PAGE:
Having turned heads with his work on Revenant's Albert Ayler box set, Holy Ghost: Rare & Unissued Recordings (1962-70), Heavy Light Records' co-owner Noel Waggener was handpicked by Billy Corgan to design the first installment in the Smashing Pumpkins' 11-EP epiphanic guitar saga Teargarden by Kaleidyscope, which was inspired in part by the late Sky Saxon (see "March of the Flower Children," July 24, 2009). Due in stores May 25, the wooden box boasts a marbled 7-inch single, four-song CD, and a hand-carved stone obelisk that was all recently plugged by Jay Leno. "In the architecture of the package, there are a lot of hidden elements based on the principles of numerology and alchemy," notes the local label man and artist, now compiling a second volume of rare Texas funk for Jazzman Records (see "Do the Tighten Up," May 16, 2003). "We had a fair amount of similar interests in what some people would call mysticism."
After 30 years, the Go-Go's officially drop the beat with their farewell tour, Happily Ever After, which concludes at the Paramount Theatre on July 27. "Basically Belinda [Carlisle] wanted to retire being a Go-Go," relates the group's local bassist and producer Kathy Valentine (see "This Town," Feb. 9, 2007). "Even though it's been under the radar and low profile, we've actually had a really good career these last 15 years for a band that doesn't try to have hits or put out records."
Puppy love: Before her performance at the Frank Erwin Center on Wednesday, country diva Carrie Underwood donated $10,000 to Austin Humane Society through the Pedigree Adoption Drive.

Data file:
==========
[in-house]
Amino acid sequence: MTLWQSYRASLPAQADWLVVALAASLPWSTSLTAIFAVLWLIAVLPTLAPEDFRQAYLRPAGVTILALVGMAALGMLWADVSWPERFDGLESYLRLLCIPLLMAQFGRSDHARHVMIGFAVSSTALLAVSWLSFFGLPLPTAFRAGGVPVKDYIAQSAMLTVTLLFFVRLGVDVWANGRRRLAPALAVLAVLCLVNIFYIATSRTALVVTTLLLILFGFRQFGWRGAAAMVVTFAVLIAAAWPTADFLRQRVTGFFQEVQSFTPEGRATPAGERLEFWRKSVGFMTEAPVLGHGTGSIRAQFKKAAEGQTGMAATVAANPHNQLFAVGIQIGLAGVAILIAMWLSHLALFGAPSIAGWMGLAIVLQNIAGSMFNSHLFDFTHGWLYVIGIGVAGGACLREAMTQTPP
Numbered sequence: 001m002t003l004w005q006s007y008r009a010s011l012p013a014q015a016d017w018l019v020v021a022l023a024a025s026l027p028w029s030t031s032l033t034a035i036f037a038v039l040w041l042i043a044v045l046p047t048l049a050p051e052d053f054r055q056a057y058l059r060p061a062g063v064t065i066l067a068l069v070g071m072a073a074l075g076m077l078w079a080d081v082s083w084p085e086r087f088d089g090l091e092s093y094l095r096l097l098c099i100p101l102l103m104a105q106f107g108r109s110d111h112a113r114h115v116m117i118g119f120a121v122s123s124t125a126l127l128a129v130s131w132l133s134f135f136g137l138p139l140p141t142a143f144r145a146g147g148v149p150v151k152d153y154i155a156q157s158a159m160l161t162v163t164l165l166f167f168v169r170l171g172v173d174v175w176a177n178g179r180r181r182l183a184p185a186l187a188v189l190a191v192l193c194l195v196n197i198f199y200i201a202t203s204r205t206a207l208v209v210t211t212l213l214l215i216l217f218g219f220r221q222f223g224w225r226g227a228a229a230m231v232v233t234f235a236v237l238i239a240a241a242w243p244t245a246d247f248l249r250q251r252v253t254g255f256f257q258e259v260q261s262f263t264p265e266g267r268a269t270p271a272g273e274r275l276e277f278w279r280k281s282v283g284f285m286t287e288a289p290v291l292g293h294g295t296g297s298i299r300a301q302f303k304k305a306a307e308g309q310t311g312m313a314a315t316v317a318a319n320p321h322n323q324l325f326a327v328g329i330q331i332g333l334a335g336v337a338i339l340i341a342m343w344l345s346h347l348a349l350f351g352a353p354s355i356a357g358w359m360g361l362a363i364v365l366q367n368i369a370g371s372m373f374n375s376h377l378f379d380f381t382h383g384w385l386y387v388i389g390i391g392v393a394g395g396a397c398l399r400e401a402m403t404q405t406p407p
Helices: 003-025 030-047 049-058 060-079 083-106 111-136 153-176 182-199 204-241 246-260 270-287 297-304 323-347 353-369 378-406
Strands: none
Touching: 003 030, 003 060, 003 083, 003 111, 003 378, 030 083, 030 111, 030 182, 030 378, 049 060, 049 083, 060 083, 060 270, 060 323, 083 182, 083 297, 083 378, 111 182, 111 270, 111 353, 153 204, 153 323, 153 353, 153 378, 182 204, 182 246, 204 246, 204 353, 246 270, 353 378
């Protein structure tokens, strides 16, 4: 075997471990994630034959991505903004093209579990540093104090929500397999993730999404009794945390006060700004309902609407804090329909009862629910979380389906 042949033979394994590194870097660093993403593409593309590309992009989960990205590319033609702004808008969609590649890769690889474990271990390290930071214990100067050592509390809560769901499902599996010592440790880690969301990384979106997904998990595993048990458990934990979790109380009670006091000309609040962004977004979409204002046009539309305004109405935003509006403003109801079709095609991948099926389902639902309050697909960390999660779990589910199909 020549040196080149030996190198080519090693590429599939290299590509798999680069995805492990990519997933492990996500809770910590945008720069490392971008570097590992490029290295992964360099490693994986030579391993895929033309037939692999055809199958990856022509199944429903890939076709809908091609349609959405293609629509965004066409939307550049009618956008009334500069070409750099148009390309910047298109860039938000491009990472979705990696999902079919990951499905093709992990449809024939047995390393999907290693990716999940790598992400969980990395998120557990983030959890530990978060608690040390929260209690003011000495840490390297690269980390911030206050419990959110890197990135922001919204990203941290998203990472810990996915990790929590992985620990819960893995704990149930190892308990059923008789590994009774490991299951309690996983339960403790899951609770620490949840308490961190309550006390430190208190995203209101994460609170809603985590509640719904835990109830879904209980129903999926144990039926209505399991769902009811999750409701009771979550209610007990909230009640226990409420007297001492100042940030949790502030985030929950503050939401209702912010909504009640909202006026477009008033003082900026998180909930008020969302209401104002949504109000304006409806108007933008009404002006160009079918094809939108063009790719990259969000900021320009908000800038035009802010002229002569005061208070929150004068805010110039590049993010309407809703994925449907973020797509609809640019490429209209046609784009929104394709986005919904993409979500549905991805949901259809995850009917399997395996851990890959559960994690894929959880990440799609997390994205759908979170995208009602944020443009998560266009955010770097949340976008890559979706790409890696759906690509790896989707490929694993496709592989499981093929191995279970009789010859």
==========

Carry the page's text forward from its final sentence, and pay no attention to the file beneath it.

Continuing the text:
Willie Nelson will be honored with a bronze statue outside the new Austin City Limits studio behind City Hall on Second Street, Mayor Lee Leffingwell announced last Thursday, along with plans to rename the strip to Willie Nelson Boulevard. Meanwhile, the marker for Doug Sahm Hill is scheduled to be erected on the cosmic cowboy's birthday, Nov. 6, at the peak of Butler Park. As senior Music writer Margaret Moser chuckles, "So you have to get high to read it."
Danny Crooks' annual Steamboat reunion on Sunday, May 16, at Threadgill's World Headquarters, featuring Extreme Heat, Pushmonkey, and Steamroller, among others, has helped spur a full-blown reunion and talk of a new album from headliner Sister 7. "If we're going to keep playing, we all agreed we need some new material," concedes guitarist Wayne Sutton.
Mirroring Sunset's pledge drive for the local indie pop ensemble's new double vinyl LP, Love Shines but the Moon Is Shining Too, Austin's volunteer-run Church of the Friendly Ghost (see "Culture Club," Nov. 13, 2009) is using Kickstarter to raise funds for the New Media Art & Sound Summit, a proposed three-day music festival in June. The deadline to donate is Tuesday, May 25, at www.kickstarter.com/projects/1541451910/new-media-art-and-sound-summit.